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How does the resurgent VPNFilter botnet target victims?
After a comeback of the Russian-built VPNFilter botnet, home network devices are at risk. Learn how this malware targets victims with expert Nick Lewis.
The Russian-built VPNFilter botnet was taken down earlier this year by the FBI after over 500,000 routers were infected. However, telemetry data suggests VPNFilter is making a comeback. How did the botnet originally target victims and how does its comeback compare?
Even though enterprise networks often have more protections in place than home networks, remote offices or small business networks may use the same equipment as home networks, or an occasional rogue home network device may find its way onto an enterprise network. Due to this network crossover, enterprises should pay attention to attacks targeting home network devices.
The Russian-built VPNFilter botnet targets home network devices and is something enterprises should be aware of. Linksys, MikroTik, Netgear and TP-Link and Qnap should pay particular attention to the VPNFilter botnet, as their devices are often shipped with poor security practices by default, which can contribute to how easy it is to compromise the security of those devices.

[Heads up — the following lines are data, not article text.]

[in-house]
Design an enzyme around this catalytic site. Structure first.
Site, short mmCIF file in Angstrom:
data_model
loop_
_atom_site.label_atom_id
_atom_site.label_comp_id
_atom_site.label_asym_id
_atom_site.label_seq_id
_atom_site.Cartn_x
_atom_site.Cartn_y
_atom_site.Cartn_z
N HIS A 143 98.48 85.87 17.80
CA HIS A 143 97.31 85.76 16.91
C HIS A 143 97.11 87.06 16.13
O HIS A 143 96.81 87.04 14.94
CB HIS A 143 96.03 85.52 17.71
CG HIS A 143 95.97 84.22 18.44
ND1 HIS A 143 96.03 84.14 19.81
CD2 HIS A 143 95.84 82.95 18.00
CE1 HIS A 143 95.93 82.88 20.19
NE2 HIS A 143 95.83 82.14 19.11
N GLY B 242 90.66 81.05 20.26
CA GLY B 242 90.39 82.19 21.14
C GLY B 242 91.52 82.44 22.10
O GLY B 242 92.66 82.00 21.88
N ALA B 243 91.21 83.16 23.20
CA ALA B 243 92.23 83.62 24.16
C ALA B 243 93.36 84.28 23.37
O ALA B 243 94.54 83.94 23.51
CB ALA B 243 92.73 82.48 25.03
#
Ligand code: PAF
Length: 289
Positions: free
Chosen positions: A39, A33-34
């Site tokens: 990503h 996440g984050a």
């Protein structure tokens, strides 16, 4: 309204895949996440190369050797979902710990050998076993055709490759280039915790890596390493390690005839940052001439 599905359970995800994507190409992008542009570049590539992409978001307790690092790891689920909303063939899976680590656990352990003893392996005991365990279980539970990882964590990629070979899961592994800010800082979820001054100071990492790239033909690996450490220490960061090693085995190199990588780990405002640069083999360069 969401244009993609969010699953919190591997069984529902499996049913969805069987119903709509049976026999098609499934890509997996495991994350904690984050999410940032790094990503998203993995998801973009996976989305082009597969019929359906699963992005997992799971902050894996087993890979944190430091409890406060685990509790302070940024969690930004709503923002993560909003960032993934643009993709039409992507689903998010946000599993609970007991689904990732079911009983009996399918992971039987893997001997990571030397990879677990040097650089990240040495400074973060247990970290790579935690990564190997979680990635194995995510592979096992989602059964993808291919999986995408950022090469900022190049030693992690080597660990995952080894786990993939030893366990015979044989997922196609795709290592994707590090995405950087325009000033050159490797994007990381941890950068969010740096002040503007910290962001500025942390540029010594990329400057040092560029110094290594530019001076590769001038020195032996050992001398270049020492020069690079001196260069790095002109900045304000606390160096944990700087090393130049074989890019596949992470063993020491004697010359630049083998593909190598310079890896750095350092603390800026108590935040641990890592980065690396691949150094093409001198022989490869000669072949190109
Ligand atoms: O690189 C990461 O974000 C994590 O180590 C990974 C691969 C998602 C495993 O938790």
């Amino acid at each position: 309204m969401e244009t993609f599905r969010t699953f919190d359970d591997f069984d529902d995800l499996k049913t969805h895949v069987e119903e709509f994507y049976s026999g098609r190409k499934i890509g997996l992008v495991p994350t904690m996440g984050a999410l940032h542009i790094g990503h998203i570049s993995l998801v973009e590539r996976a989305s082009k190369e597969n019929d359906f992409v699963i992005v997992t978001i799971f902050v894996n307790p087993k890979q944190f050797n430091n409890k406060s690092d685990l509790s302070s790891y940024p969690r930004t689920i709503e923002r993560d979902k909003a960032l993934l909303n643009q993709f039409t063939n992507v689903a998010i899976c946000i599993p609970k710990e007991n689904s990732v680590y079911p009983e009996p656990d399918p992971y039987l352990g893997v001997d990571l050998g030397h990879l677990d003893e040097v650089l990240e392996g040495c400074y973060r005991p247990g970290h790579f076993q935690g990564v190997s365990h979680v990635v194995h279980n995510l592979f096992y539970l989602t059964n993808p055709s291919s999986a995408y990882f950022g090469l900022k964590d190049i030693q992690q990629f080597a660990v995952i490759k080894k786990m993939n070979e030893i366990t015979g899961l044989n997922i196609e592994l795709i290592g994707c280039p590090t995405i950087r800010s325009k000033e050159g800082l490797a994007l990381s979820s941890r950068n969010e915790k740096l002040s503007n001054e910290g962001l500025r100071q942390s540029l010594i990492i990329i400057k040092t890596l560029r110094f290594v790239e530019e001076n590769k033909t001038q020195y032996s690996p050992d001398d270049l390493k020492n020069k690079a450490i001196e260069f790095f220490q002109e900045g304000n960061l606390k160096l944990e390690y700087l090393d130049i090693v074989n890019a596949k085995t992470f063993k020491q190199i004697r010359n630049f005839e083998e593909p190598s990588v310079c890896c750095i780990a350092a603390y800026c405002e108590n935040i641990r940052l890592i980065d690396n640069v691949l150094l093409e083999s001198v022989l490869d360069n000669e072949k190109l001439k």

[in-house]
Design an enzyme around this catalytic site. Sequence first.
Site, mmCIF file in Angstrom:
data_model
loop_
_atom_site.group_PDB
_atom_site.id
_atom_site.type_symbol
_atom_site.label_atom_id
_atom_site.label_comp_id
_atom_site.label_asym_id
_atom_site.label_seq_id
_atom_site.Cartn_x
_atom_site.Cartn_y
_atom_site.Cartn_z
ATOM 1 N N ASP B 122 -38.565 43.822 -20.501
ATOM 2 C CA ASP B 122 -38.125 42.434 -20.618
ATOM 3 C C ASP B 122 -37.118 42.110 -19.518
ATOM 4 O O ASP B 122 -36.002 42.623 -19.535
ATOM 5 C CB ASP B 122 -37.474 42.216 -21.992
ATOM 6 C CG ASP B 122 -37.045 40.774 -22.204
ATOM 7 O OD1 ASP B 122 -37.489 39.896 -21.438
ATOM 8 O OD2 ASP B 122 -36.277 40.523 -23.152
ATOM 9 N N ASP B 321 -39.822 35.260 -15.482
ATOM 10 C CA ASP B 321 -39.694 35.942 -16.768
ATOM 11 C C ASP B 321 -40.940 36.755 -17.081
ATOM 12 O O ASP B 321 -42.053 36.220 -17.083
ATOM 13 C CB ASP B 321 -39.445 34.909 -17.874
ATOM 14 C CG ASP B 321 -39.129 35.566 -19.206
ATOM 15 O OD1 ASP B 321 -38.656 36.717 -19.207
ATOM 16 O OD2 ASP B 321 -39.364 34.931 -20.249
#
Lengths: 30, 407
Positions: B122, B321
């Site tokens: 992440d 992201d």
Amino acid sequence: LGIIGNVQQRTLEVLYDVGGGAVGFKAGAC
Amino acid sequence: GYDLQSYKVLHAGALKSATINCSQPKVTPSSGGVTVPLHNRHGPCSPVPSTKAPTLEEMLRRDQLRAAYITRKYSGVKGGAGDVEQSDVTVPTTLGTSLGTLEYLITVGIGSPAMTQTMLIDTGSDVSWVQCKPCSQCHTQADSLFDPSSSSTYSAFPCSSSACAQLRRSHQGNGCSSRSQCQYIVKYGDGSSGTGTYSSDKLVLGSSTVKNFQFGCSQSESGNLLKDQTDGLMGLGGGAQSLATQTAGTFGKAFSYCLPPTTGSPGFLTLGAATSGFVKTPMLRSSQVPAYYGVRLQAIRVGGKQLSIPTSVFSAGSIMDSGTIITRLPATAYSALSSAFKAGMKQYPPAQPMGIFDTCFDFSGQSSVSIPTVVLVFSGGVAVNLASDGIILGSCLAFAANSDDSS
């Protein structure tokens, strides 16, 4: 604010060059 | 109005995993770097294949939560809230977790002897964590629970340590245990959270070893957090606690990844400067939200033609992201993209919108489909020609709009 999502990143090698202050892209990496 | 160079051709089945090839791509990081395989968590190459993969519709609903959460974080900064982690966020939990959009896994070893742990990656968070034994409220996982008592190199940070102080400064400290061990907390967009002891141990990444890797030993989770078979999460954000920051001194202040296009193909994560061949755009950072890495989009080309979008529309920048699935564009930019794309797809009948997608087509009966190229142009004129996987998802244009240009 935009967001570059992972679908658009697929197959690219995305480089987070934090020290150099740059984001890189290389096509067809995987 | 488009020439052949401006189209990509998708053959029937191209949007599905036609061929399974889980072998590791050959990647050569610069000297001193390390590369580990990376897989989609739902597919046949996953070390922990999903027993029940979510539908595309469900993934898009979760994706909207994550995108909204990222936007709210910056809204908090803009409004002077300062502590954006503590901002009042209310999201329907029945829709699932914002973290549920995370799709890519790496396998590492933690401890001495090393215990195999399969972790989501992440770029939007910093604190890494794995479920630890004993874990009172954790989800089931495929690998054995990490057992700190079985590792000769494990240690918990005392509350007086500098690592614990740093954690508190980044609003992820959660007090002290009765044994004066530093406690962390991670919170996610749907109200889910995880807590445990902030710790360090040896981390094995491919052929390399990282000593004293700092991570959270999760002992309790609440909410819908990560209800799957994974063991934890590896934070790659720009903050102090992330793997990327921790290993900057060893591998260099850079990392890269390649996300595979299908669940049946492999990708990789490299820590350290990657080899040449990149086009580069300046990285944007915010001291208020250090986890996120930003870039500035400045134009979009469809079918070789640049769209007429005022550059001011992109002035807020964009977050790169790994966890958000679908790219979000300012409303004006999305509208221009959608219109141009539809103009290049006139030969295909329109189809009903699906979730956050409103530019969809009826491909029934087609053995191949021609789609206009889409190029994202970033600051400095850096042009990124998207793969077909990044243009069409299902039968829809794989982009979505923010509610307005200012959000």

This is very similar to IoT devices that use insecure defaults and have been exploited by worms. The impact from VPNFilter botnet -- similar to the Sality malware -- could be high, as most of the targeted devices control network connections and could redirect a user to a malicious website. Likewise, VPNFilter has the functionality to delete all the files on an infected device, which can prevent it from being rebooted.
In a recent blog post on the VPNFilter botnet, William Largent, a threat researcher at Cisco Talos, provided additional details about the VPNFilter botnet threat and new observations about its activities. Largent and other Talos researchers found that VPNFilter targets are typically connected directly to the internet. It's also possible that many of the systems being targeted for recruitment to a VPNFilter botnet are being scanned constantly and being cataloged by different threat actors for future attacks.
In the second stage of infection, VPNFilter scans the internet to look for vulnerable systems on ports 23, 80, 2000 and 8080.
The resurgence of the VPNFilter botnet appears to be limited to Ukraine, but given the ease of infecting targeted systems, it would not be difficult for attackers to broaden their scope and attack other networks.
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